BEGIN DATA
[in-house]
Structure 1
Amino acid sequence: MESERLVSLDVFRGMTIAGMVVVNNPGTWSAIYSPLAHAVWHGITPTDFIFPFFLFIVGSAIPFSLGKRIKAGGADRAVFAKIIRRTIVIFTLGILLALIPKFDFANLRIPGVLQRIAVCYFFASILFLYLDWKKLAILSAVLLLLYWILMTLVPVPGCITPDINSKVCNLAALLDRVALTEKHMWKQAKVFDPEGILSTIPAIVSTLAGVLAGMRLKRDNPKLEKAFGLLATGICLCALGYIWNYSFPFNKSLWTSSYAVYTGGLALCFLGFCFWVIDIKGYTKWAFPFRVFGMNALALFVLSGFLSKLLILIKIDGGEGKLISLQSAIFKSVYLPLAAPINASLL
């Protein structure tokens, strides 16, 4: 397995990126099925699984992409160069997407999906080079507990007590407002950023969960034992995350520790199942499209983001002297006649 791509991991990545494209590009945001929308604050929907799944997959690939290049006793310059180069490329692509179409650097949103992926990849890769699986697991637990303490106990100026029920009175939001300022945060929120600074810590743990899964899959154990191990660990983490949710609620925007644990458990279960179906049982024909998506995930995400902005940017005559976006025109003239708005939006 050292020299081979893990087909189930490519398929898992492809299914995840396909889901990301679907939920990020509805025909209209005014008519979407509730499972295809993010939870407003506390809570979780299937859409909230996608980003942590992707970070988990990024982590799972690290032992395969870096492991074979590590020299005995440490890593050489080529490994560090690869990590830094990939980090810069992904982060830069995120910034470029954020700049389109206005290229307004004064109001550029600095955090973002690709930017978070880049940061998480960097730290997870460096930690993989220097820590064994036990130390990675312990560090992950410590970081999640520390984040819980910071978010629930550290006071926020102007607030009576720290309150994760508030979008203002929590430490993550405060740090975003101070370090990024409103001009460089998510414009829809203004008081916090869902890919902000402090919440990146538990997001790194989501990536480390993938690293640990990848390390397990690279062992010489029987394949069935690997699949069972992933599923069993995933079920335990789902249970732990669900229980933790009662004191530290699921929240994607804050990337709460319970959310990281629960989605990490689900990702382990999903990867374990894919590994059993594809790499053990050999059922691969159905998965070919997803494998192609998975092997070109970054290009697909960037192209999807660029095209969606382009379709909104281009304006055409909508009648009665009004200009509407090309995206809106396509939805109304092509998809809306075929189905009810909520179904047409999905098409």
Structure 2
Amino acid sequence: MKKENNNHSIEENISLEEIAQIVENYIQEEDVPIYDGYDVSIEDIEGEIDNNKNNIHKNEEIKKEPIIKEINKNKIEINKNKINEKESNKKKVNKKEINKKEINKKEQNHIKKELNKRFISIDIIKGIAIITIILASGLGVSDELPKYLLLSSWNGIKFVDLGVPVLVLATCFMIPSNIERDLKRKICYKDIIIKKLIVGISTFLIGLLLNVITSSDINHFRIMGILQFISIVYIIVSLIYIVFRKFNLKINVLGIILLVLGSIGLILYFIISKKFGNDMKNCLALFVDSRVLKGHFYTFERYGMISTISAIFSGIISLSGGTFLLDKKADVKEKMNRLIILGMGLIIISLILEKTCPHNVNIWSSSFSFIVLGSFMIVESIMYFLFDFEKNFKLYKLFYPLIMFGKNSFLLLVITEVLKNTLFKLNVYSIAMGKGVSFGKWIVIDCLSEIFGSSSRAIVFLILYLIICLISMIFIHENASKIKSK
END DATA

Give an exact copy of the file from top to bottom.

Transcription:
[in-house]
Structure 1
Amino acid sequence: MESERLVSLDVFRGMTIAGMVVVNNPGTWSAIYSPLAHAVWHGITPTDFIFPFFLFIVGSAIPFSLGKRIKAGGADRAVFAKIIRRTIVIFTLGILLALIPKFDFANLRIPGVLQRIAVCYFFASILFLYLDWKKLAILSAVLLLLYWILMTLVPVPGCITPDINSKVCNLAALLDRVALTEKHMWKQAKVFDPEGILSTIPAIVSTLAGVLAGMRLKRDNPKLEKAFGLLATGICLCALGYIWNYSFPFNKSLWTSSYAVYTGGLALCFLGFCFWVIDIKGYTKWAFPFRVFGMNALALFVLSGFLSKLLILIKIDGGEGKLISLQSAIFKSVYLPLAAPINASLL
């Protein structure tokens, strides 16, 4: 397995990126099925699984992409160069997407999906080079507990007590407002950023969960034992995350520790199942499209983001002297006649 791509991991990545494209590009945001929308604050929907799944997959690939290049006793310059180069490329692509179409650097949103992926990849890769699986697991637990303490106990100026029920009175939001300022945060929120600074810590743990899964899959154990191990660990983490949710609620925007644990458990279960179906049982024909998506995930995400902005940017005559976006025109003239708005939006 050292020299081979893990087909189930490519398929898992492809299914995840396909889901990301679907939920990020509805025909209209005014008519979407509730499972295809993010939870407003506390809570979780299937859409909230996608980003942590992707970070988990990024982590799972690290032992395969870096492991074979590590020299005995440490890593050489080529490994560090690869990590830094990939980090810069992904982060830069995120910034470029954020700049389109206005290229307004004064109001550029600095955090973002690709930017978070880049940061998480960097730290997870460096930690993989220097820590064994036990130390990675312990560090992950410590970081999640520390984040819980910071978010629930550290006071926020102007607030009576720290309150994760508030979008203002929590430490993550405060740090975003101070370090990024409103001009460089998510414009829809203004008081916090869902890919902000402090919440990146538990997001790194989501990536480390993938690293640990990848390390397990690279062992010489029987394949069935690997699949069972992933599923069993995933079920335990789902249970732990669900229980933790009662004191530290699921929240994607804050990337709460319970959310990281629960989605990490689900990702382990999903990867374990894919590994059993594809790499053990050999059922691969159905998965070919997803494998192609998975092997070109970054290009697909960037192209999807660029095209969606382009379709909104281009304006055409909508009648009665009004200009509407090309995206809106396509939805109304092509998809809306075929189905009810909520179904047409999905098409």
Structure 2
Amino acid sequence: MKKENNNHSIEENISLEEIAQIVENYIQEEDVPIYDGYDVSIEDIEGEIDNNKNNIHKNEEIKKEPIIKEINKNKIEINKNKINEKESNKKKVNKKEINKKEINKKEQNHIKKELNKRFISIDIIKGIAIITIILASGLGVSDELPKYLLLSSWNGIKFVDLGVPVLVLATCFMIPSNIERDLKRKICYKDIIIKKLIVGISTFLIGLLLNVITSSDINHFRIMGILQFISIVYIIVSLIYIVFRKFNLKINVLGIILLVLGSIGLILYFIISKKFGNDMKNCLALFVDSRVLKGHFYTFERYGMISTISAIFSGIISLSGGTFLLDKKADVKEKMNRLIILGMGLIIISLILEKTCPHNVNIWSSSFSFIVLGSFMIVESIMYFLFDFEKNFKLYKLFYPLIMFGKNSFLLLVITEVLKNTLFKLNVYSIAMGKGVSFGKWIVIDCLSEIFGSSSRAIVFLILYLIICLISMIFIHENASKIKSK